Fig. 1

Here’s some exciting news for Strat lovers: If you crave more pickup combinations than are provided by Fender’s stock 5-way switch, you need to know about a new blade-style pickup selector from Electroswitch.

Some background: Based in Raleigh, North Carolina, Electroswitch Electronic Products makes a wide variety of items that are important to us guitar nerds. Electroswitch owns the Stackpole, CRL/Centralab, and Oak Grigsby brands, which means all the well-known 3- and 5-way blade pickup selectors, as well as the Telecaster 4-way switch, come from this company. It’s clear they have a real passion for switching devices!

Why is this so cool? It lets you access an additional sound—bridge-plus-neck pickups in parallel.

Recently Electroswitch introduced a 6-way switch that looks like a standard 5-way pickup selector switch, but instead of the typical four contacts on each of the two switching stages, it offers five, as well as a sixth lever position.

Why is this so cool? It lets you access an additional sound—bridge-plus-neck pickups in parallel. Think Telecaster tone for a Strat and you’ll be in the ballpark. This particular dual-pickup combination isn’t available on a stock 5-way switch, but it sounds every bit as good as the bridge-plus-middle and neck-plus-middle combos we’re used to hearing.


Fig. 2

The extra sixth position isn’t limited to bridge-plus-neck in parallel. Alternatively, you could wire it to give you all three pickups in parallel, but that’s not a setting most players use, even when it’s available as part of the “7-sound mod,” which is one of the most requested Stratocaster mods in our shop. (Check out “The 7-Sound Stratocaster” on PG’s website for more details on this mod.)

The new 6-way selector (Fig. 1 and 2) resembles a stock 5-way switch, and once installed, it would be virtually indistinguishable from its forebear. It works exactly the same as the 5-way switch through the first five switching positions, but in the sixth position, the contact associated with the bridge pickup remains connected and an additional contact is also engaged. You can attach a jumper between this additional contact and the neck contact to use the bridge and neck pickups together, or two jumpers if you want to engage both the neck and the middle pickups with the bridge pickup.

Here’s the 6-way selector’s switching matrix:

• Position 1: bridge pickup alone (Fig. 3).

• Position 2: bridge + middle pickup in parallel (Fig. 4).

• Position 3: middle pickup alone (Fig. 5).

• Position 4: middle + neck pickup in parallel (Fig. 6).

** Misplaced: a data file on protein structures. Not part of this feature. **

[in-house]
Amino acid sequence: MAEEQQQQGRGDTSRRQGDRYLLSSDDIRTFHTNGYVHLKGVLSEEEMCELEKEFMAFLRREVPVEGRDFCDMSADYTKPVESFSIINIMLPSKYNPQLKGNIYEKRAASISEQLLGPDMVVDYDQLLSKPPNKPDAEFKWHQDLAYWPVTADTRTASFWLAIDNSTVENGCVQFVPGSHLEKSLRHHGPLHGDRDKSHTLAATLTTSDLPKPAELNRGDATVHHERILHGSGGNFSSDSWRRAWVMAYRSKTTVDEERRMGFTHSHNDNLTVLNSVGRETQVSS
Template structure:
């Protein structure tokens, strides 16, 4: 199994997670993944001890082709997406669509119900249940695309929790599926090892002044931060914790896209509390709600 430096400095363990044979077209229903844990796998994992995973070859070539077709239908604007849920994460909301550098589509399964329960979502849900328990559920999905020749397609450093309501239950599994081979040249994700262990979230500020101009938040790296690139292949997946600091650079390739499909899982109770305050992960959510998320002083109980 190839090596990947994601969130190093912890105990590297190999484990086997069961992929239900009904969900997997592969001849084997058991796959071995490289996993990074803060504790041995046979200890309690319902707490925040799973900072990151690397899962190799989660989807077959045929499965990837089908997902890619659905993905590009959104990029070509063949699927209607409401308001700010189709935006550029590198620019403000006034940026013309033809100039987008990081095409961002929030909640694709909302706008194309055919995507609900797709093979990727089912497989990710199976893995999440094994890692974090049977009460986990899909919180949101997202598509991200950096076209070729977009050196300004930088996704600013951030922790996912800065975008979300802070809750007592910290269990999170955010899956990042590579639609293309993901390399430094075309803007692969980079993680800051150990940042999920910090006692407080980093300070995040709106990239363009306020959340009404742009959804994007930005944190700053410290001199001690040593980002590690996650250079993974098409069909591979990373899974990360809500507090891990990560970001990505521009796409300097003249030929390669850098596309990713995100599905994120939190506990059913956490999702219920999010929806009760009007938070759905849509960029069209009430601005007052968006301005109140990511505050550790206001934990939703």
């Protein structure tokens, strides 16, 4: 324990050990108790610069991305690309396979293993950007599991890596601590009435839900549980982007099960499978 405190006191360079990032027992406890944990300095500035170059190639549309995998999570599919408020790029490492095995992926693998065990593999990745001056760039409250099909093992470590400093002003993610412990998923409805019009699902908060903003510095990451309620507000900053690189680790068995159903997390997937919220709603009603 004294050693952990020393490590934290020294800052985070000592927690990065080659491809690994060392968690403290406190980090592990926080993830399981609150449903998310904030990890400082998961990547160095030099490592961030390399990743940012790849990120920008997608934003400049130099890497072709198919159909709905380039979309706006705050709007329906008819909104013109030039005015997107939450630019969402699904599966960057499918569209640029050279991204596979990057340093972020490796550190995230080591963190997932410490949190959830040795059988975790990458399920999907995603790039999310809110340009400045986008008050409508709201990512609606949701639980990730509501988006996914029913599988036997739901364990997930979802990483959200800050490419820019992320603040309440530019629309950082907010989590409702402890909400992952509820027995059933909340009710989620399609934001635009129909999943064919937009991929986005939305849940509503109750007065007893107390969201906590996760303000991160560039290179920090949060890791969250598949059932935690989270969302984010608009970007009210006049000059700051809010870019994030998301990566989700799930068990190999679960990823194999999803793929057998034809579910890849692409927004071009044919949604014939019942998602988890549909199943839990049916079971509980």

• Position 5: neck pickup alone (Fig. 7).

• Position 6: additional switching option (Fig. 8).

You mount the 6-way switch the same way you would a traditional 5-way Strat switch, but there’s one crucial detail to consider: Electroswitch kept the same 15-degree distance between each of the blade positions as on a 5-way switch—a real bonus because it will feel immediately familiar to experienced Strat players—but this means there’s an extra 15 degrees of travel we need to account for. This is divided evenly on either side, so we need to slightly lengthen the slot in the pickguard or control plate to accommodate an extra 7.5 degrees of movement on either end. The typical slot length in a Fender pickguard is about 1 1/32", but this switch needs a slot measuring 1 1/4" for trouble-free operation.

Okay, that’s not the end of the world, but because the 6-way switch isn’t a 1:1 drop-in replacement, you have to figure out how to lengthen the slot if you’re planning to install this new switch in your Strat. This would seem like a small task—and it really is, as long as you have the right tools. You need a very small and sharp rectangular file for this, and you’re unlikely to find this kind of file in your local Home Depot. Such files exist, but you’ll have to turn to a specialized tool shop to find one.

There are more professional solutions, like using a Dremel tool with a very small router bit. Your local luthier can use small nut-slotting files for this job, or even better, his bridge-pin-hole slotting files. The trick is to find a file that matches the width of the slot and cuts on the bottom and sides at the same time.

I’ve seen countless pickguards ruined when someone tried to lengthen the slot without the proper tools. If you don’t take the time to get this right, you’ll end up spoiling your pickguard. Lengthening the blade’s slot sounds easy, but it poses a real challenge—especially with vintage or expensive custom pickguards you don’t want to butcher. And doing this on a metal Telecaster control plate is a task best left to a professional.

And that’s it. In a future column, I’ll share some wiring ideas for your Strat that incorporate this new 6-way switch. But next time, we’ll return to regular guitar mods and explore even more series switching for your favorite Telecasters. Until then, keep on modding!